Dora Korpar and Siphan Bou

DockerCon Cool Hack Challenge: Tyrion Cannister Neural Style GUI

As students at Holberton School, a software engineering school based in San Francisco, Siphan and I are exposed to lots of exciting technology! The main goal of the school is to produce full-stack engineers in two years. Although we are only four months into the program, we are already learning how to use the Docker platform.

A few weeks ago, we held our very first hackathon at school – and of course it was focused on Docker! The school’s founders (one of whom was an original member of the Docker marketing #boomteam) thought now was the perfect time for us to participate in a hackathon, so they teamed up with Docker to make it happen.

In the spirit of DockerCon, our guidelines were basically the same as those of DockerCon Cool Hack Challenge: make the most awesome things we could think of using Docker, and do it in ten hours. Cue the intense music.

Siphan and I joined forces as Team Tyrion Cannister. Considering neither of us had any coding experience prior to the school (read: we’re total noobs), it took us a while to come up with even just a viable idea. At 2 a.m. the night before the hackathon, we finally came up with something that was both doable and cool: a GUI for a piece of software called neural style (GitHub repo here).

The idea spawned out of a combination of some of the past projects we had done at school. We had just learned about MVC and the tkinter Python module, and creating pictures using neural style was easily our most visually impressive project. The only thing is that installing and using neural style can be pretty intimidating. So our goal was to make it more accessible to a wider audience by providing a nice, friendly user interface.

The main plan was to write a Python script that would launch a tkinter GUI. The GUI would have input fields for the user to fill out about how to run neural style, like the urls of the pictures to use and how many iterations to run, and then the program would pass those parameters into the neural style bash command. The bash command would be stored as a jSON string, which would be called using the subprocess Python module. So simple and elegant, right?

Of course, actually building our idea wasn’t as simple as I’d hoped. During the hackathon, we ran into several installation issues with neural style, tkinter kept acting up, and we had to restart the computer a few times because the CPU was overloaded (shoutout to emacs backups!). But we were able to work through the bumps without any major crises, thanks in large part to the vast amount of awesome documentation on all things Docker, from the official website to third-party blogs.

It wasn’t until an hour and a half before the deadline, when we were assembling all the pieces and running neural style in the Docker container, that we finally hit a problem that stopped us in our tracks: the Docker image we built our container on (ubuntu:14.04) had no way of launching a windowing system. This is a fancy way of saying no GUI.

After a lot of frantic research, we were saved by piecing together information from a bunch of the aforementioned awesome blogs. The solution relied on the magic of the docker run -v option, which let us mount my laptop’s X11 socket into the container. With just a few more tweaks to the docker run command, we had GUIs for everyone (with a Linux system)!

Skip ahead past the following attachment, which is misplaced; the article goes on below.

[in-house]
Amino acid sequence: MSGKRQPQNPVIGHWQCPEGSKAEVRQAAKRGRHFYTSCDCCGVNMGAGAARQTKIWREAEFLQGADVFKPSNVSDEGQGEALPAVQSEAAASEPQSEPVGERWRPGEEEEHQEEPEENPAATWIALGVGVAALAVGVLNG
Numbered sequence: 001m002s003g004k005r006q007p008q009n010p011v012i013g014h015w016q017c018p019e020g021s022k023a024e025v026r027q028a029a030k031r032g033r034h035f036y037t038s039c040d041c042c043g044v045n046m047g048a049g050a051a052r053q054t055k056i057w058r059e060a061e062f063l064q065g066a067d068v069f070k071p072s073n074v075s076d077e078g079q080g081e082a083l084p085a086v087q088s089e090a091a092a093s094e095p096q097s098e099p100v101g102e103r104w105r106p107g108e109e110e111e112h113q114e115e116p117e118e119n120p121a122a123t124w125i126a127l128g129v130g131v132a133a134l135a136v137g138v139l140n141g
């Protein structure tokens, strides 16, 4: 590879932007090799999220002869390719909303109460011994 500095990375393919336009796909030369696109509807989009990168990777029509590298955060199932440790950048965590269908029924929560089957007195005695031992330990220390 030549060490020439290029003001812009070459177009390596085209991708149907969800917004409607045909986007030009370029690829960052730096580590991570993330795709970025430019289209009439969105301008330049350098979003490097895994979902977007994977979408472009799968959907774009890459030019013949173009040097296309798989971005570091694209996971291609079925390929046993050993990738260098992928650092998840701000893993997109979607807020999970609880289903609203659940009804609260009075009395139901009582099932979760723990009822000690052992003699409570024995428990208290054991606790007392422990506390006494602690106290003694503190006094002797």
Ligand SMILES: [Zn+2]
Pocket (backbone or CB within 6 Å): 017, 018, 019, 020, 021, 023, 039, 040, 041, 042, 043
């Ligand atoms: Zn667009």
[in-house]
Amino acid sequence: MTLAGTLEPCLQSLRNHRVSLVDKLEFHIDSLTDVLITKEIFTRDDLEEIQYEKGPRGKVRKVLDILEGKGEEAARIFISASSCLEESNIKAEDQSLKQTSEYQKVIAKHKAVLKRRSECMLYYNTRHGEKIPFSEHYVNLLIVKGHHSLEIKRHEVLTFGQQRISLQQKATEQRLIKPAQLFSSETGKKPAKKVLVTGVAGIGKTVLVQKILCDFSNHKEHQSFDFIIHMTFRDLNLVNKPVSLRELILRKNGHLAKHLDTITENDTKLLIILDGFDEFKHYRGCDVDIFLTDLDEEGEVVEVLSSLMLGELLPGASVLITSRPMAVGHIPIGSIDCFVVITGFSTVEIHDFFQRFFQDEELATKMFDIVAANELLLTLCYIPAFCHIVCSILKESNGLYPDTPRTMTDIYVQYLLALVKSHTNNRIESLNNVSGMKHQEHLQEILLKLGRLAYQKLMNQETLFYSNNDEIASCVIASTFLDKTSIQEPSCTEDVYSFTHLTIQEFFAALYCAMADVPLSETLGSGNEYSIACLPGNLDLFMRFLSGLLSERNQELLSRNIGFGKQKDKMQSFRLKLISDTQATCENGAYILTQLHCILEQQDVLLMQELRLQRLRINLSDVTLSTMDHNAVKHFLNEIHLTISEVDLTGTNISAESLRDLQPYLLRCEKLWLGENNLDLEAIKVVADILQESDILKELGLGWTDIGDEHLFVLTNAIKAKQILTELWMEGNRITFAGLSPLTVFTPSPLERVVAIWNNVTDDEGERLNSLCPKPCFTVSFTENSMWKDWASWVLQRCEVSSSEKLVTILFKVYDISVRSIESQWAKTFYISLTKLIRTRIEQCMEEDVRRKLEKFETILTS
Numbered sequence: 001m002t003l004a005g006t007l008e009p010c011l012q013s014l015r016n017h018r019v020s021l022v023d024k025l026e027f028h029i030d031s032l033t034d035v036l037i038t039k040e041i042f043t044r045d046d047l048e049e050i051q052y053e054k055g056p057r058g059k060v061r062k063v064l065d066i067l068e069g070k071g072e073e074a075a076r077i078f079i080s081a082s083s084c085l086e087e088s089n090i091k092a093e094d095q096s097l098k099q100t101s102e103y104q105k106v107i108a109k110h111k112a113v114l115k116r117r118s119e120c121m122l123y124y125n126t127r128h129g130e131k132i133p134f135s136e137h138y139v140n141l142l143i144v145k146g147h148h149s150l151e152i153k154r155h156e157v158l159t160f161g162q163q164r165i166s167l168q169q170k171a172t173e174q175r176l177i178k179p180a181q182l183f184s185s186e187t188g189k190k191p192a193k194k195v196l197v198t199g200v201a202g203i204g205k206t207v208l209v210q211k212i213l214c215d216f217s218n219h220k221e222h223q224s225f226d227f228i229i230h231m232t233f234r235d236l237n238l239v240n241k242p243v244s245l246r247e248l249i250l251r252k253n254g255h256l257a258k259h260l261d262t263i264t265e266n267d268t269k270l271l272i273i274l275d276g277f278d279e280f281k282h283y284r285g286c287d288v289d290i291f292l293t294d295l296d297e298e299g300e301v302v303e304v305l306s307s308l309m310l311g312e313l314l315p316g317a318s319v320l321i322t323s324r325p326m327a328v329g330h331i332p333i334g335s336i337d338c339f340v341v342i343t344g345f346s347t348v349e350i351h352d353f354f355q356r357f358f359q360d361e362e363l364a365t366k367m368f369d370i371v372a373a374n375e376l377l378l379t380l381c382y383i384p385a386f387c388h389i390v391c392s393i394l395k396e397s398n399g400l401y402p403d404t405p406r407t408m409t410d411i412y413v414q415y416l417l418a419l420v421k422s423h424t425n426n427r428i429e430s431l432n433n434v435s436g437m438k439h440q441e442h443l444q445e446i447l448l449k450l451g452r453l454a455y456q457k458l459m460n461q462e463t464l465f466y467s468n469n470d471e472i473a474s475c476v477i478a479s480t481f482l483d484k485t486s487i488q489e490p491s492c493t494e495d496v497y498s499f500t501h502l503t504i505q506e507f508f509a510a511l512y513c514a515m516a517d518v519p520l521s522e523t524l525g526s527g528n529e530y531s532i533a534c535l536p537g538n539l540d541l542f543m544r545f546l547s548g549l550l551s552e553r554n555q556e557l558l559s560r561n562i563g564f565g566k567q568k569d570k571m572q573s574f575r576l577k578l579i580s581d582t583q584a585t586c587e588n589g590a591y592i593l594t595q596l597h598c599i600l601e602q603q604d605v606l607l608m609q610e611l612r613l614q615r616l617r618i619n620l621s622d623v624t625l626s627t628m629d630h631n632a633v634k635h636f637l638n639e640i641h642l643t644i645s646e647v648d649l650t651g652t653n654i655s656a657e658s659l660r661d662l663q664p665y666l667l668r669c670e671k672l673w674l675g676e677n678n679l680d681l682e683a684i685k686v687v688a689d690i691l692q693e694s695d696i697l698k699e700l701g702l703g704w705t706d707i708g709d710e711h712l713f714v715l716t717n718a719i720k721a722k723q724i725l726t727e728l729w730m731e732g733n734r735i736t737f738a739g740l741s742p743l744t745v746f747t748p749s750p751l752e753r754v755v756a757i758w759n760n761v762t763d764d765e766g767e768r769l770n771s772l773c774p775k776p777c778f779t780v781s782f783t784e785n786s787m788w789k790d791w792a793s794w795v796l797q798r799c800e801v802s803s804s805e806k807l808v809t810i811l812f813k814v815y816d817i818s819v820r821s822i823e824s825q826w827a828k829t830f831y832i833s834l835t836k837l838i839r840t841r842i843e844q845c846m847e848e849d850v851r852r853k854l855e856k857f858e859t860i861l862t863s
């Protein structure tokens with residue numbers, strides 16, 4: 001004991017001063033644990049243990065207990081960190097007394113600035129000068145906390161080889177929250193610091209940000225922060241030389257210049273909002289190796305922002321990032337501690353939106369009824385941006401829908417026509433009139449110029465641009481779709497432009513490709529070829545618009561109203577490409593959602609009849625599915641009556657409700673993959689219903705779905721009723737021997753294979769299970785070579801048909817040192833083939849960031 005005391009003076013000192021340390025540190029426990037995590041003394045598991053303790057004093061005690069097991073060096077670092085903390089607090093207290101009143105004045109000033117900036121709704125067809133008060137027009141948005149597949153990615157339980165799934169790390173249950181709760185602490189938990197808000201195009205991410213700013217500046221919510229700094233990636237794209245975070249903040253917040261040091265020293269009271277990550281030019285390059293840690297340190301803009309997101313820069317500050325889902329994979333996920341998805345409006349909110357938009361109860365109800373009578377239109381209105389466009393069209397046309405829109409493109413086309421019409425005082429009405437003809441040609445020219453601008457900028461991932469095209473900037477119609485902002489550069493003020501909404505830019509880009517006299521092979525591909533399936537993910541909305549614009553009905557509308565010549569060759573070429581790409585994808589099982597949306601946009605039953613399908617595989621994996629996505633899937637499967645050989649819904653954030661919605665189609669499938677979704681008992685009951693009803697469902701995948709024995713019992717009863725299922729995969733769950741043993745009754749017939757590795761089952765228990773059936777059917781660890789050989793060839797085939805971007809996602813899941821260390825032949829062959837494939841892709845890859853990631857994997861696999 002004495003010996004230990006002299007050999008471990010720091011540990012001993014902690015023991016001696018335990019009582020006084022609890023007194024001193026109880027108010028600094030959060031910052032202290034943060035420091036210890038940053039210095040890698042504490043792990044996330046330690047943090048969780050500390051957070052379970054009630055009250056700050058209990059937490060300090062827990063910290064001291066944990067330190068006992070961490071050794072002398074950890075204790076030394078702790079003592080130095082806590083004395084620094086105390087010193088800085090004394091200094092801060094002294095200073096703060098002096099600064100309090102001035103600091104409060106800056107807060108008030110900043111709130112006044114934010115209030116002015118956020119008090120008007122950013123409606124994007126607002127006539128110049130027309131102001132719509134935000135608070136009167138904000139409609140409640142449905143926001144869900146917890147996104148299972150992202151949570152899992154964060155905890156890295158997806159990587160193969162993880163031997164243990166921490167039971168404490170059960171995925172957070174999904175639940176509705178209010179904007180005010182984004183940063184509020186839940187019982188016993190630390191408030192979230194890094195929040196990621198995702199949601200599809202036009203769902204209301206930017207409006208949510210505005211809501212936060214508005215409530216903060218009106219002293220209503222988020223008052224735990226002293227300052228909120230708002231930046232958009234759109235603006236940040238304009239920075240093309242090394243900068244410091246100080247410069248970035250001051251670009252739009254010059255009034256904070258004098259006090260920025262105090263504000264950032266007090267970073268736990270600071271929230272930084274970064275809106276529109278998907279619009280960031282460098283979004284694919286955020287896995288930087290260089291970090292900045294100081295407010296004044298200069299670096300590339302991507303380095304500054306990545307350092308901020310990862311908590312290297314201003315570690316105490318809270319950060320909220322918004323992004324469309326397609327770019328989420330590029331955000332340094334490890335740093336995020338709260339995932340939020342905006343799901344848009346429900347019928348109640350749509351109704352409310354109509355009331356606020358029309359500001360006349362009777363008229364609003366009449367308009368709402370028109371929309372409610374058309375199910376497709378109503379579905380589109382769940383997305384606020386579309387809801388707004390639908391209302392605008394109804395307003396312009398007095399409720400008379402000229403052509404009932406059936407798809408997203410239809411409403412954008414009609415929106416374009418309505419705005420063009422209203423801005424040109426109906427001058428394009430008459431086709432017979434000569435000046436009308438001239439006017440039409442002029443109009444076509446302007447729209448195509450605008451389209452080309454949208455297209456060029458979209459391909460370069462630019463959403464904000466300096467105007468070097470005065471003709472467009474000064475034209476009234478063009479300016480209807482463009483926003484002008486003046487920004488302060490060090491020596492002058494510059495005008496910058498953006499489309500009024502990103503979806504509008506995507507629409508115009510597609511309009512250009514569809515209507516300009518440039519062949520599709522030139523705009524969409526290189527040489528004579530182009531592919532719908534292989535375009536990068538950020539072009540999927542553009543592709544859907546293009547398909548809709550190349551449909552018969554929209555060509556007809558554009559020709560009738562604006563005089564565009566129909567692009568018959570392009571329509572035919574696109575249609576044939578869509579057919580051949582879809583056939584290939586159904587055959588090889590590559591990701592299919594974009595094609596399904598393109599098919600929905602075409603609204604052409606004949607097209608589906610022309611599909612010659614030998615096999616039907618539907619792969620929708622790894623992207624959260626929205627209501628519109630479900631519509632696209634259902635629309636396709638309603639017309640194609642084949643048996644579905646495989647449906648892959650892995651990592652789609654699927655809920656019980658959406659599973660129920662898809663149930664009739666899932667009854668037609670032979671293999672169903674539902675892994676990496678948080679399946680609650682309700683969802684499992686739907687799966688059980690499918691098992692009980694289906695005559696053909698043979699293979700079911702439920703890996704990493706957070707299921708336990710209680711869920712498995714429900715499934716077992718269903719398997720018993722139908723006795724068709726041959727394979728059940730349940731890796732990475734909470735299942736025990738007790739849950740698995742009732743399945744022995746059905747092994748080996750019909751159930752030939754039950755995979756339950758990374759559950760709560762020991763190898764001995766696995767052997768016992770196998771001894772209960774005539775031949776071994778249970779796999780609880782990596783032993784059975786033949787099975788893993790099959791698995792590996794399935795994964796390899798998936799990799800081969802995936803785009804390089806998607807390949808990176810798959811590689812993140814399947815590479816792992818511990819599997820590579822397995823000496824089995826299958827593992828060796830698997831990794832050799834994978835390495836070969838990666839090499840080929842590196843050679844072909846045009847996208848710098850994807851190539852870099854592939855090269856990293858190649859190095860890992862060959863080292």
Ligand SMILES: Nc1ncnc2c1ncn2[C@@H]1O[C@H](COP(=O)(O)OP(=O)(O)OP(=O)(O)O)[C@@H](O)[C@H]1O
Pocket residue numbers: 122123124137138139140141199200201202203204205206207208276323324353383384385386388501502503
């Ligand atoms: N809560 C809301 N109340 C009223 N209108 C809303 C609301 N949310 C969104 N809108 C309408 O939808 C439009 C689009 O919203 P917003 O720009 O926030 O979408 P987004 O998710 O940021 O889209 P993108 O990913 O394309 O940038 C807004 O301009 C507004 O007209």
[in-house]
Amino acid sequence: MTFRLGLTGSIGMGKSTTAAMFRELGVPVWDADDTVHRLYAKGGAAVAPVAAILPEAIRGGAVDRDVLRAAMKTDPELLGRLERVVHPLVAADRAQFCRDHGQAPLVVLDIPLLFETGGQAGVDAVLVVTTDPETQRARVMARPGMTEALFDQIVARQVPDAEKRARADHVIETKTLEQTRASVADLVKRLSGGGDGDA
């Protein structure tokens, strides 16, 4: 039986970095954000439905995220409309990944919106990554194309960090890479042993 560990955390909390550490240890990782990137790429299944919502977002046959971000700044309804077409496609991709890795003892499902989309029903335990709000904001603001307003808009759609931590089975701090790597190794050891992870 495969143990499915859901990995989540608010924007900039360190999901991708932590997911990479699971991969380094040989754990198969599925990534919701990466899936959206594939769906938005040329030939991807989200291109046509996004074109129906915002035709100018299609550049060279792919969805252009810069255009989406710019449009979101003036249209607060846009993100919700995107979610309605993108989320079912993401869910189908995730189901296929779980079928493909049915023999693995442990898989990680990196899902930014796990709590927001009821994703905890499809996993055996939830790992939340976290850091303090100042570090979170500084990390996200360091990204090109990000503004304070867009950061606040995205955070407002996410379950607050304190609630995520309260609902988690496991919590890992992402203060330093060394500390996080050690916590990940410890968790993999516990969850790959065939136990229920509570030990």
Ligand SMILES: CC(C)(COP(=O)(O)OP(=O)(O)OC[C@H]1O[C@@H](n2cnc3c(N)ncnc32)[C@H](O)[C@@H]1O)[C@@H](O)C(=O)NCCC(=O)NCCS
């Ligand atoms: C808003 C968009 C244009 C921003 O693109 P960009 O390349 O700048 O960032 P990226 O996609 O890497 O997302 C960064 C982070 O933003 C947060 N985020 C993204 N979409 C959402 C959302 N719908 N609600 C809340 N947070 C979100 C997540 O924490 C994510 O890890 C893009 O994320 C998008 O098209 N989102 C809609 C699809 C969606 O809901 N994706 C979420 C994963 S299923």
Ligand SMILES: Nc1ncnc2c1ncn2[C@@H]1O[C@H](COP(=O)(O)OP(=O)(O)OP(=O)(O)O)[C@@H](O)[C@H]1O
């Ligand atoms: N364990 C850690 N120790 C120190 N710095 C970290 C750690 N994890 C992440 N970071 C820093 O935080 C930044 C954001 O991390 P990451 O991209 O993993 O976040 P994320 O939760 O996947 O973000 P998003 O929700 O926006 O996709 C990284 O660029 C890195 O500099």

Participating in this hackathon was an incredibly rewarding experience. It was a really cool, engaging way for us to learn the basics and get started with Docker, which was actually made  really easy because the tutorials are so well-explained and straightforward to follow.

It was also an awesome opportunity for us students to test our own limits and showcase our ingenuity. We saw all sorts of super cool hacks, from a Docker Arcade to a Raspberry Pi smart home simulator to an interactive Docker installation tutorial. Watching our peers present their Docker hacks confirmed that we’ve all learned and accomplished a ton in just a few months. You can see for yourself right here!

That’s why it was such a huge honor when the judges awarded us first place, and we couldn’t be more thrilled to attend DockerCon 2016! We’re looking forward to learning more about Docker during the Hands-on Labs, watching other folks present, and just being a part of the amazing Docker community.

Don’t forget to check out our hack, Neural Style GUI, on GitHub and Docker Hub!

Take a look at all the cool hacks the Holberton School students came up with:

  1. Easy Neural StyleRona Chong & William McCann
  2. Web-Based Pokediary – Electra Chong & Joe Greene
  3. Holberton Code TesterMason Fish & Rick Harris
  4. Neural TimePraylin Diana Dinamoni & Asaia Palacios
  5. Docker ArcadeSteven Garcia & Sravanthi Sinha
  6. Neural Network Web GUIJosquin Gaillard & John Serrano
  7. Command Line Docker TutorialDamian Ali & Marine Déjean
  8. Holberton Integrated Work EnvironmentBennett Buchanan & John Spence
  9. Automating Documentation – Kris Bredemeier & Augustin Francis Boeuf
  10. Raspberry Pi and Docker Home AutomationChandler Mayo & Joshua Parkin

Can’t join us in Seattle for DockerCon 2016?

dockercon-seattle

Don’t worry, all of the general sessions will be livestreamed! We are also recording the conference sessions and will post them online along with the presenter’s slides after the conference.

Here is the schedule for the DockerCon livestream:

Monday, June 20: 9am (PDT)

Tuesday, June 21: 9am (PDT)

Tuesday, June 21: 4:45pm (PDT)

Sign up here for DockerCon updates including a daily recap of the news and links to the slides and recorded videos.


 

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Dora Korpar and Siphan Bou

DockerCon Cool Hack Challenge: Tyrion Cannister Neural Style GUI


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